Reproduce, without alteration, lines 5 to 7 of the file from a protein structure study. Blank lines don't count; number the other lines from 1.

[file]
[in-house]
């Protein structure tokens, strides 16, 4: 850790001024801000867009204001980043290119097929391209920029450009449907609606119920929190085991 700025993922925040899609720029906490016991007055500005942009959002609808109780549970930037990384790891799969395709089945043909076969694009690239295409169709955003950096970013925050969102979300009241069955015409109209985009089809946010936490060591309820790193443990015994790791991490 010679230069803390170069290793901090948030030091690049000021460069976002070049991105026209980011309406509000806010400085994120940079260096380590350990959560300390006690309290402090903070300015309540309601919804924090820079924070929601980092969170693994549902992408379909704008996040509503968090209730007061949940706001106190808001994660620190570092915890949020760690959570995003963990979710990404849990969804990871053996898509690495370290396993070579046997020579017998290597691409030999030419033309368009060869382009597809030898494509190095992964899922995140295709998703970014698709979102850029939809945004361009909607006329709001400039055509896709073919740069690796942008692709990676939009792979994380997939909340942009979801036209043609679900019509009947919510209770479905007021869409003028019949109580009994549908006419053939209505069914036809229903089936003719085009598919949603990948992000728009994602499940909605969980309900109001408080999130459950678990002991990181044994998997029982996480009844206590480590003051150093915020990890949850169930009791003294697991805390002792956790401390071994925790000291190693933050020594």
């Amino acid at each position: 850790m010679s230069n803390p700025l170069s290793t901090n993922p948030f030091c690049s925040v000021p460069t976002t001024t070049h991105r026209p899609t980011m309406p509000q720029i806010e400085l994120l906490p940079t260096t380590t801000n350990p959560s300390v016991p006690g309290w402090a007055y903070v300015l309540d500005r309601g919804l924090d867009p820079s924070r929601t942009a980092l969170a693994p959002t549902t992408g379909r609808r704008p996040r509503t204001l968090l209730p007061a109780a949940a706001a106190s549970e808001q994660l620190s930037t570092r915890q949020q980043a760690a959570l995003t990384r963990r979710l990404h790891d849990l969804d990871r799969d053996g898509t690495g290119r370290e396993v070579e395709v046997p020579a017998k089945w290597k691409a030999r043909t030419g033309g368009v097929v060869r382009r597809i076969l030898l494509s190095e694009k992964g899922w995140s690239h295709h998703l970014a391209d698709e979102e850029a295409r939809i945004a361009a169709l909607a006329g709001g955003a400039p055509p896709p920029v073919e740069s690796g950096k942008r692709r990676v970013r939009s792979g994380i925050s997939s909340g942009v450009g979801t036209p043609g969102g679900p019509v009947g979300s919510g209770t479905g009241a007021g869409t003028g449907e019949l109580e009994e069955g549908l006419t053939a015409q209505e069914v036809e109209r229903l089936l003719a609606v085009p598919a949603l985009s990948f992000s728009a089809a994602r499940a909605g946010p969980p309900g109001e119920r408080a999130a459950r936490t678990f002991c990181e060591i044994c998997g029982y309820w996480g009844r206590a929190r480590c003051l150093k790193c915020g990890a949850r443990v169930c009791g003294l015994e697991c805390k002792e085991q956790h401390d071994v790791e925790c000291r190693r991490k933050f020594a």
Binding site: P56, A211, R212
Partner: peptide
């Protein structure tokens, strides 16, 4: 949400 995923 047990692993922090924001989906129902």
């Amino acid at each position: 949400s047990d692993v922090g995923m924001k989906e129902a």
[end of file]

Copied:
Partner: peptide
């Protein structure tokens, strides 16, 4: 949400 995923 047990692993922090924001989906129902």
């Amino acid at each position: 949400s047990d692993v922090g995923m924001k989906e129902a």